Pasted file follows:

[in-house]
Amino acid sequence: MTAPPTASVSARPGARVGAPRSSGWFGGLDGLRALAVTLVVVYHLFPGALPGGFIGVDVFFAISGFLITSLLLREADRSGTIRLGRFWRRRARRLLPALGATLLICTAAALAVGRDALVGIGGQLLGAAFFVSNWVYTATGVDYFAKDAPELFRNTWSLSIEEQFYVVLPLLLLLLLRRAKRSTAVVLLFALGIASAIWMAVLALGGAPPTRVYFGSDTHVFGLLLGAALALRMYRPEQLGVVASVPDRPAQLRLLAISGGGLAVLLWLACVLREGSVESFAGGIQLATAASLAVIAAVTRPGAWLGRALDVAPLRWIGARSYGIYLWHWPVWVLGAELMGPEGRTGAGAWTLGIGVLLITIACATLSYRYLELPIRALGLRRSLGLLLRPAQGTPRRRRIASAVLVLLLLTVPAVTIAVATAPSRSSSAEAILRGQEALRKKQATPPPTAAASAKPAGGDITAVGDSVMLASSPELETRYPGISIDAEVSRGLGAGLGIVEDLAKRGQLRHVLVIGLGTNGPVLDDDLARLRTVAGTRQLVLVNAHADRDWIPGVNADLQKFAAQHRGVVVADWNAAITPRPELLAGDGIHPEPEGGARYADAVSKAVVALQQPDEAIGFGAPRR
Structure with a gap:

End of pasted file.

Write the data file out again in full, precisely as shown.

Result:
[in-house]
Amino acid sequence: MTAPPTASVSARPGARVGAPRSSGWFGGLDGLRALAVTLVVVYHLFPGALPGGFIGVDVFFAISGFLITSLLLREADRSGTIRLGRFWRRRARRLLPALGATLLICTAAALAVGRDALVGIGGQLLGAAFFVSNWVYTATGVDYFAKDAPELFRNTWSLSIEEQFYVVLPLLLLLLLRRAKRSTAVVLLFALGIASAIWMAVLALGGAPPTRVYFGSDTHVFGLLLGAALALRMYRPEQLGVVASVPDRPAQLRLLAISGGGLAVLLWLACVLREGSVESFAGGIQLATAASLAVIAAVTRPGAWLGRALDVAPLRWIGARSYGIYLWHWPVWVLGAELMGPEGRTGAGAWTLGIGVLLITIACATLSYRYLELPIRALGLRRSLGLLLRPAQGTPRRRRIASAVLVLLLLTVPAVTIAVATAPSRSSSAEAILRGQEALRKKQATPPPTAAASAKPAGGDITAVGDSVMLASSPELETRYPGISIDAEVSRGLGAGLGIVEDLAKRGQLRHVLVIGLGTNGPVLDDDLARLRTVAGTRQLVLVNAHADRDWIPGVNADLQKFAAQHRGVVVADWNAAITPRPELLAGDGIHPEPEGGARYADAVSKAVVALQQPDEAIGFGAPRR
Structure with a gap: